Military News Briefs for the Week of July 27, 2001
American Forces Press Service
WASHINGTON, July 27, 2001 (This is a summary of the top American Forces Press Service news stories for the week ending July 27, 2001.)
ARMY INDUCTS THREE HEROES OF THREE WARS INTO 'HALL OF HEROES'
The Army inducted three Medal of Honor heroes from three different wars into the Pentagon's "Hall of Heroes" on July 16.
Vietnam veteran retired Army Maj. Ed W. Freeman unveiled a portrait of himself that will hang in the Hall. The large alcove honors recipients of the Medal of Honor, America's highest military award for combat gallantry. Freeman received the medal from President Bush in a White House ceremony earlier in the day
The other two inductees were former President and Army Lt. Col. Theodore Roosevelt and Civil War Cpl. Andrew Jackson Smith. President Clinton presented posthumous medals to descendants of Smith and Roosevelt in late 2000. Roosevelt was cited for heroism on July 1, 1898, while leading the charge of the "Rough Riders" up San Juan Hill in Cuba during the Spanish American War. Smith was recognized for bravery during the Battle of Honey Hill, S.C., on Nov. 30, 1864.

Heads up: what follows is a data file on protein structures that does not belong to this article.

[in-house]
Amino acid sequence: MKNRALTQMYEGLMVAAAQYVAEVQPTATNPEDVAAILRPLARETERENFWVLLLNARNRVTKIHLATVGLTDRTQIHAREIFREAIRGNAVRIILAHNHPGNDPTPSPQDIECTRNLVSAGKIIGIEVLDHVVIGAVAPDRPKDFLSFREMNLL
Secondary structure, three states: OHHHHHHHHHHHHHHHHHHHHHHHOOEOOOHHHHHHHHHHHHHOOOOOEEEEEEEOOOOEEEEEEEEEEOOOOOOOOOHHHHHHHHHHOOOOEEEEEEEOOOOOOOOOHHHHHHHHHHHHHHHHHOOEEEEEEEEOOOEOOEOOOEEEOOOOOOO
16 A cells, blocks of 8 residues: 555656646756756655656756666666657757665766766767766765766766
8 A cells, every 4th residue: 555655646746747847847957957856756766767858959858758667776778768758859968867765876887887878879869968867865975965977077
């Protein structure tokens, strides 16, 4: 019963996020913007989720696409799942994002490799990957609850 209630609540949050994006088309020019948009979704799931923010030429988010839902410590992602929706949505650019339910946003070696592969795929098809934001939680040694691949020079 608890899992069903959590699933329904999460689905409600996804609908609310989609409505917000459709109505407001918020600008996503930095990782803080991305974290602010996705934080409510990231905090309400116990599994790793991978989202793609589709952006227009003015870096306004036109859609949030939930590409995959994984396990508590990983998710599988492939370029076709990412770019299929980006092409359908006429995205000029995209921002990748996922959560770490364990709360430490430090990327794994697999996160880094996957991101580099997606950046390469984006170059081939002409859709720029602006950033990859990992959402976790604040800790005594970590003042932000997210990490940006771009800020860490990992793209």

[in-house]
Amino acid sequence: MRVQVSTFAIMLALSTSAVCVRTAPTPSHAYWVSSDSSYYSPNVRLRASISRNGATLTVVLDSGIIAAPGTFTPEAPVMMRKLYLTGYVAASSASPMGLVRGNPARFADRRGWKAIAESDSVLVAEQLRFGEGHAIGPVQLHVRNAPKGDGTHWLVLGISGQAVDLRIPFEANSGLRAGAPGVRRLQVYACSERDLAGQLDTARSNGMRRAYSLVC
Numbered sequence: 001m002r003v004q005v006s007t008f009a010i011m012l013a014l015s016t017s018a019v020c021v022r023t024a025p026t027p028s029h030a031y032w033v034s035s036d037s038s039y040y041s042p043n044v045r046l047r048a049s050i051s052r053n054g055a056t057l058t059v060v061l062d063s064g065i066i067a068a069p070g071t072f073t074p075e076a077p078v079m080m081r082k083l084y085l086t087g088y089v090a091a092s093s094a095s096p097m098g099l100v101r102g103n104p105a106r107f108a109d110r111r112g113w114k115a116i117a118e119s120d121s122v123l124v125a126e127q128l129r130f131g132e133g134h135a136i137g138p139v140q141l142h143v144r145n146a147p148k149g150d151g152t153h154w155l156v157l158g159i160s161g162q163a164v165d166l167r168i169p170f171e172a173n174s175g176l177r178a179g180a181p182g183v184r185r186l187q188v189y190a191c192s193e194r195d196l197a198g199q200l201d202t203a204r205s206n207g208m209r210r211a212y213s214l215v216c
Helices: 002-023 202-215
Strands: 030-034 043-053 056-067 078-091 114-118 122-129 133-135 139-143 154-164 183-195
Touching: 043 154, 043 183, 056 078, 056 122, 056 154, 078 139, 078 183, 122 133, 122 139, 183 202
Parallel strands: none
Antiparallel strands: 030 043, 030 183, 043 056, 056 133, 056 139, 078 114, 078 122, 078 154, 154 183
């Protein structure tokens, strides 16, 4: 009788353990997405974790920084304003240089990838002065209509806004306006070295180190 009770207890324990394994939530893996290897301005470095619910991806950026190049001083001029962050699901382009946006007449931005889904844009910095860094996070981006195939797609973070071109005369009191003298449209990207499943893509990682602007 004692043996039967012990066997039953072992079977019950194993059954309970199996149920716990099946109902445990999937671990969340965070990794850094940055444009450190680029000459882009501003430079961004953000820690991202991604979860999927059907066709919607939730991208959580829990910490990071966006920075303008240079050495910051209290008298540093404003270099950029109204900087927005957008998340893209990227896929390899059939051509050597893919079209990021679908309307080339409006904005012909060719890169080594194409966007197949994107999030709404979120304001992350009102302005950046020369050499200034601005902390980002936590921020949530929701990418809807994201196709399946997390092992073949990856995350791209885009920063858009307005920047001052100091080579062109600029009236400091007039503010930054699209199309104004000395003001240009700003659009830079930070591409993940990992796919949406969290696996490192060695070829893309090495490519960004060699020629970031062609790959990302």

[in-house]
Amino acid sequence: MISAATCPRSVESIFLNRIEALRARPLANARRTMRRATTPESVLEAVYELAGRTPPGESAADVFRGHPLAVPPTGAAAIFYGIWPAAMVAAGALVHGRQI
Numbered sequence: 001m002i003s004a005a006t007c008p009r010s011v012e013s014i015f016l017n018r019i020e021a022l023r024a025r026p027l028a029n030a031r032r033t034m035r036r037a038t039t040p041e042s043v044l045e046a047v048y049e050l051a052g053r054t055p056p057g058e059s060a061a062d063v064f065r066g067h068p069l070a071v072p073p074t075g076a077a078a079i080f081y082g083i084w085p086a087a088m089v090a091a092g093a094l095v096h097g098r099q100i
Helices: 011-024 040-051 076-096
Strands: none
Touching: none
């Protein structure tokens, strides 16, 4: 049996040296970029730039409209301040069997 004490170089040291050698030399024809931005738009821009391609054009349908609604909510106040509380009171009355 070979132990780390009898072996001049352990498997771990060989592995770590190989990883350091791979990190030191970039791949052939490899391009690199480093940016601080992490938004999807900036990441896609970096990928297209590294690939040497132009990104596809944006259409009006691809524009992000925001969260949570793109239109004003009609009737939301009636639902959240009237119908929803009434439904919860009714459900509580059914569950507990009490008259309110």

BOTH PARENTS' OKs NEEDED UNDER NEW CHILDREN'S PASSPORT LAW
Under a new law that became effective July 2, the State Department now requires both parents' consent to obtain passports for overseas travel of children under age 14.
The law is intended to lessen the chance that parents can abduct their children and use U.S. passports to escape with them overseas, said John M. Hotchner, acting managing director of the State Department's Office of Passport Services.
The law affects service members, who are required to secure passports for spouses and children accompanying them to overseas duty stations, he said. DoD civilians are required to secure passports for themselves and nonmilitary family members accompanying them to overseas assignments.
DoD EXPECTS TO DELIVER BASE CLOSURE LEGISLATION SOON
DoD expects to have legislation authorizing more rounds of U.S. base closures to Congress before their August recess, DoD officials said. Congress leaves Aug. 4 and reconvenes after Labor Day.
The legislation will be based on past laws governing the process, Pentagon spokesman Rear Adm. Craig Quigley said. Under existing Base Realignment and Closure laws, a commission chooses the installations that will be closed or realigned. The president can accept or reject the entire list. Congress then must accept the list or reject it.
Quigley said DoD has more infrastructure than it needs to support current force structure -- up to 25 percent more, according to some figures. "(Infrastructure) needs to be no more, no less than you need to support that force structure," he said.